The Kid Should See This
Elephants are not only the planet’s largest land mammals, but their land mammal brains are also the largest. “Three times larger than ours and weighing a whopping five kilograms,” Maddie Moate explains, “they’re made up of around 300 billion neurons.”
“That’s three times more than humans. Do these huge brains translate to a heightened intelligence? What emotions to elephants feel and why is the herd so important to their survival?”
Learn about the incredible sensitivity, care, and intelligence that elephants share within their close-knit communities. This episode of BBC Earth’s Wild Files with Maddie Moate spends a few minutes looking at elephants’ matriarch-led social structures, what they teach their young, and surprisingly, how the animals seem to be evolving to have smaller tusks.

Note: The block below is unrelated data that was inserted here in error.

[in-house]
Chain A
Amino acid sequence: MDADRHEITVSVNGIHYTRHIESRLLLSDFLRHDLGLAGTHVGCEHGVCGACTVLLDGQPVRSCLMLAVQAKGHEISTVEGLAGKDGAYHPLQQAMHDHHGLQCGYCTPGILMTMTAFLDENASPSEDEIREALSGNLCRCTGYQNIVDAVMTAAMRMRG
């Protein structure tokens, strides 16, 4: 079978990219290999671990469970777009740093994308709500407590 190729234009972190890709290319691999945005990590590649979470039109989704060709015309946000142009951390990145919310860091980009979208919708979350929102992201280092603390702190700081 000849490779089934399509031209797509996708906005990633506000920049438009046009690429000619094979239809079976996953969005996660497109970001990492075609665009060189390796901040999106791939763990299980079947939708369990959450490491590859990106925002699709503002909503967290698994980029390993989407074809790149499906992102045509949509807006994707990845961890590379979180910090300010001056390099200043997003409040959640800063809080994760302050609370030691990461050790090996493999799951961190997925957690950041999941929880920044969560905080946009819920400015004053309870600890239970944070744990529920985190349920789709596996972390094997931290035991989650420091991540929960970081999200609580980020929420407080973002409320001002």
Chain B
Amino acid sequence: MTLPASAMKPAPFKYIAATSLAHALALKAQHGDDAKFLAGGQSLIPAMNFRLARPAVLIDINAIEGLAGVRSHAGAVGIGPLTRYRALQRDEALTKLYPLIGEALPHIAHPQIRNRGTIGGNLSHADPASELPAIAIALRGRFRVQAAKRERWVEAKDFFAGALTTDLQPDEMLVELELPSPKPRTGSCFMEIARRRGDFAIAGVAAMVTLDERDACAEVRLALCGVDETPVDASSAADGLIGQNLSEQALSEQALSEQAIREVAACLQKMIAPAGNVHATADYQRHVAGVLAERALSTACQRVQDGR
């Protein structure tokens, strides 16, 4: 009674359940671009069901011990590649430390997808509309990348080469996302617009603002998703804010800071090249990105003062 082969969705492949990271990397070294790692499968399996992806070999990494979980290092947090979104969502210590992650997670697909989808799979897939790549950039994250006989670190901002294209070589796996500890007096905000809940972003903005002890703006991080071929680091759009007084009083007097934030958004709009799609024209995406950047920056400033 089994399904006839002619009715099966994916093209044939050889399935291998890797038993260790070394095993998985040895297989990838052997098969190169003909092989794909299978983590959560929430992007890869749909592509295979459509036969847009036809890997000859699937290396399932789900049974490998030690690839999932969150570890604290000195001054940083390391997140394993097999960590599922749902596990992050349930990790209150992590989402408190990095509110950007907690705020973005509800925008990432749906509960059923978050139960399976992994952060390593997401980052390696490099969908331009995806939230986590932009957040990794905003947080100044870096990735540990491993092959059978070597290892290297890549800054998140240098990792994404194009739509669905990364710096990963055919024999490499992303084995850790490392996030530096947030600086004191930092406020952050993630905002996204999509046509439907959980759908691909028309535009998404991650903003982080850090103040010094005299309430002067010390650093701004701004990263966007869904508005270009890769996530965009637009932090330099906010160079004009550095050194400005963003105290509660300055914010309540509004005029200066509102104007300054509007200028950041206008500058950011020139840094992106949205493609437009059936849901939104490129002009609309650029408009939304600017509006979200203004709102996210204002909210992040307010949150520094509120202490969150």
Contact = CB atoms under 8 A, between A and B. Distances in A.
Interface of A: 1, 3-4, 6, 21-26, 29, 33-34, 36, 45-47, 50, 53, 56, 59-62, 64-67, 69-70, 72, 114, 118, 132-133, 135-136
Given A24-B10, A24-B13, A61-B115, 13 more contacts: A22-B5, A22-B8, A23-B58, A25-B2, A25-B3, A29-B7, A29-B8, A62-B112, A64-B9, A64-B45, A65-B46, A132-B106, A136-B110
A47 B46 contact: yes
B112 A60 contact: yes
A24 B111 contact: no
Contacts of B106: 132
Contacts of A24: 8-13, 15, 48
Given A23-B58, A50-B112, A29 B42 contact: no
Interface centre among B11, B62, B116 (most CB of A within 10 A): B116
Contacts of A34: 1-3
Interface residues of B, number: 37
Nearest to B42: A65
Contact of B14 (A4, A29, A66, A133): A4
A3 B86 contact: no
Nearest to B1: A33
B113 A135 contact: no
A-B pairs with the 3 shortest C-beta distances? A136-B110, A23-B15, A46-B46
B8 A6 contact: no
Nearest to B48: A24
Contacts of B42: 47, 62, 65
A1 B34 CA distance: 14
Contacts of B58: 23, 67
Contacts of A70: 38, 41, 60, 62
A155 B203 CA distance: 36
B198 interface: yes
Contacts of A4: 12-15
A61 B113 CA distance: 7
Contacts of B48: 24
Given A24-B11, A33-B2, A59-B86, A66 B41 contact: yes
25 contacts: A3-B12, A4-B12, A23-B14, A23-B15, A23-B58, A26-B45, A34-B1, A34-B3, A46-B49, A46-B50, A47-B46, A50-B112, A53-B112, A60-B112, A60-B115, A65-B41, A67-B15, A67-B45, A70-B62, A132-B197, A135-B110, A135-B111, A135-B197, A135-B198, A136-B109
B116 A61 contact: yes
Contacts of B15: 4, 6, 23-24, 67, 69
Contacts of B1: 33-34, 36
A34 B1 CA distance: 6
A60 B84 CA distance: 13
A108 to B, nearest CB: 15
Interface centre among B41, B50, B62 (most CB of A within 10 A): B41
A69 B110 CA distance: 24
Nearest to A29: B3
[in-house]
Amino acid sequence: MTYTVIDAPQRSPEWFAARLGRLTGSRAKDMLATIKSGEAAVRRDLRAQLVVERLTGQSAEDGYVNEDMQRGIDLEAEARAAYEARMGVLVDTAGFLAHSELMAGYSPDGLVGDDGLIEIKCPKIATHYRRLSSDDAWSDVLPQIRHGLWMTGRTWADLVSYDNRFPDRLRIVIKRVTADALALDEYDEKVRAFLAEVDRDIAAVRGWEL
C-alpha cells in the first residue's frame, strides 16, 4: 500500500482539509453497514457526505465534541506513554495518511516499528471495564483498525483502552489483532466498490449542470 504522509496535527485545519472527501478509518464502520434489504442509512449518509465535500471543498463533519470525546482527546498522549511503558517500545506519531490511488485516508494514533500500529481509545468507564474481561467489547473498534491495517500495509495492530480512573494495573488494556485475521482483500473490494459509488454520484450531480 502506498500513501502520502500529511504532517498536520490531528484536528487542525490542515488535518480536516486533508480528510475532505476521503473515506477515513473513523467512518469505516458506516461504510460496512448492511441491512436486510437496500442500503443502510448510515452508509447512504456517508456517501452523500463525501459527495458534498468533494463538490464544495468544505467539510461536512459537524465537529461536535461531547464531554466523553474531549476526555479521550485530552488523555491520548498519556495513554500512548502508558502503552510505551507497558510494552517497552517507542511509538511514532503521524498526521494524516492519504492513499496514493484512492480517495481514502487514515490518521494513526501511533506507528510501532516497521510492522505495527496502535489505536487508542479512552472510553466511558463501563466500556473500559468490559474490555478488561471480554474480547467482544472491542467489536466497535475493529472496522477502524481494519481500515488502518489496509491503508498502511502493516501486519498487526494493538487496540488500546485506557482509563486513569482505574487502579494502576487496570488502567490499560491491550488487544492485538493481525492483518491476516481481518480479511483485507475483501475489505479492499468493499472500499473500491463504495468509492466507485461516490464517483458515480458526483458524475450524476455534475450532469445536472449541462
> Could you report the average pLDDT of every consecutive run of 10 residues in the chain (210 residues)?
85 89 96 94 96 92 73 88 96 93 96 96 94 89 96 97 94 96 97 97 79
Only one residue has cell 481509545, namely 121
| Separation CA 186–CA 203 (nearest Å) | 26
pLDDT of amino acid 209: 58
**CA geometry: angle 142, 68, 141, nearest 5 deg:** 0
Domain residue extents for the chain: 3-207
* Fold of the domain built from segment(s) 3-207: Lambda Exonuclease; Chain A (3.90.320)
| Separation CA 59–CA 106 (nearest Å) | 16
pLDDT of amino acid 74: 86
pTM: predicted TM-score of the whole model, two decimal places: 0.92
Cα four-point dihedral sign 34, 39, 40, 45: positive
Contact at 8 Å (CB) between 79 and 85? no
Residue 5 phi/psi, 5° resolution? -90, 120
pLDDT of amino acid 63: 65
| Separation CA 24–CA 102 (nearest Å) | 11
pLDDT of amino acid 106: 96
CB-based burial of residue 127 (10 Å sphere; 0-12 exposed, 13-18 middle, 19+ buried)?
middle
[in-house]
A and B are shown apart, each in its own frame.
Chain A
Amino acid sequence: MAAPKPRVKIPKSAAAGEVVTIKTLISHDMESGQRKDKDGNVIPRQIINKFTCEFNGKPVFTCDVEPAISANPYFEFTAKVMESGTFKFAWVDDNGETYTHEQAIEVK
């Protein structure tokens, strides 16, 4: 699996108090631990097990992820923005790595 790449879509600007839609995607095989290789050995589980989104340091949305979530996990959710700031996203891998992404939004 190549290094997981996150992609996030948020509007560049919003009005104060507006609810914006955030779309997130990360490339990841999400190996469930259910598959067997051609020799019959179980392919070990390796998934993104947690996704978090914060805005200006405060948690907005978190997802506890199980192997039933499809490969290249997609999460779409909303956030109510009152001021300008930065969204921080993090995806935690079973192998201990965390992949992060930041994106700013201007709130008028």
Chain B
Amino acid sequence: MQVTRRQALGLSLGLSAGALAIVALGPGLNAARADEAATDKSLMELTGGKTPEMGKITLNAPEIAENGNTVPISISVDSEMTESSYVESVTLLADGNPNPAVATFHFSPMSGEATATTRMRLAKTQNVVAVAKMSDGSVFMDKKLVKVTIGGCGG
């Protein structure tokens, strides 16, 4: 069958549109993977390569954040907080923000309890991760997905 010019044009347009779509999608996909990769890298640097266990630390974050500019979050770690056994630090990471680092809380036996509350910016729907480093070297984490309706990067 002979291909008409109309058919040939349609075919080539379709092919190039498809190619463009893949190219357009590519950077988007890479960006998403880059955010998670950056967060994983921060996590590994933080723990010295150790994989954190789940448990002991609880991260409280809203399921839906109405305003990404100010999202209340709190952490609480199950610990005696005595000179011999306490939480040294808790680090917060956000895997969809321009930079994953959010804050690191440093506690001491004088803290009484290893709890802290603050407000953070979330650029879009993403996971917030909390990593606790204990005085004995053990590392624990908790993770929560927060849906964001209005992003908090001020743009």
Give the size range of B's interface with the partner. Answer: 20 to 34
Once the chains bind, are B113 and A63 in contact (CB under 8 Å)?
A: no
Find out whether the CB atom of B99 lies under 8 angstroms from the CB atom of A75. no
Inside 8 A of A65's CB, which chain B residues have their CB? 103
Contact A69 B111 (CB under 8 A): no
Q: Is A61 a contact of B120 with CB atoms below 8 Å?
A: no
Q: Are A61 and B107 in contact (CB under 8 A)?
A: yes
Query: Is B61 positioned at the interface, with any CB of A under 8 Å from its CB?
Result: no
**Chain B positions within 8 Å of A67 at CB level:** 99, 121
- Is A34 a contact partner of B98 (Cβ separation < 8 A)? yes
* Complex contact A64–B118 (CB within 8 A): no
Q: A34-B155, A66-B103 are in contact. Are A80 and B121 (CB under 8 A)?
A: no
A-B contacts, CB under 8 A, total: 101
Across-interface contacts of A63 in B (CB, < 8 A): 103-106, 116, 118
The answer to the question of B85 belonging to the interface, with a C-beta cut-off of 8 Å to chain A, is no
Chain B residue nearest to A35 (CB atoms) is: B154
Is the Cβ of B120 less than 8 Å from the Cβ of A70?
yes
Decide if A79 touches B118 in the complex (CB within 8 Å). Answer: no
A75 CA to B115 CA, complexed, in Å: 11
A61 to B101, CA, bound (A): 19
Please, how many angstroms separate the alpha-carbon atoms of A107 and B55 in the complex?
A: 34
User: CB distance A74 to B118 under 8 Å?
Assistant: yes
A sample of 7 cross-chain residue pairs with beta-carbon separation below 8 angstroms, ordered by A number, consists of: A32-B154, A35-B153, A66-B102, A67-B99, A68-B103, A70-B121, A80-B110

Elephants are well-known for their intelligence, close family ties and social complexity, and they remember for years other individuals and places. They live in a fluid fission-fusion society with relationships radiating out from the mother-offspring bond through families, bond groups, clans, independent males and beyond to strangers…
No individual or individual personality has more impact on family structure and fortunes than the matriarch, or female leader, of an elephant family. Matriarchs are generally the oldest and largest adult female member of a family. In some cases it is very obvious who the leader of a family is – she is the individual to whom others orient, whose sudden change in activity they note, and whose leadership they turn to in a moment of crisis… Matriarchs express their dominance in both competitive and cooperative situations.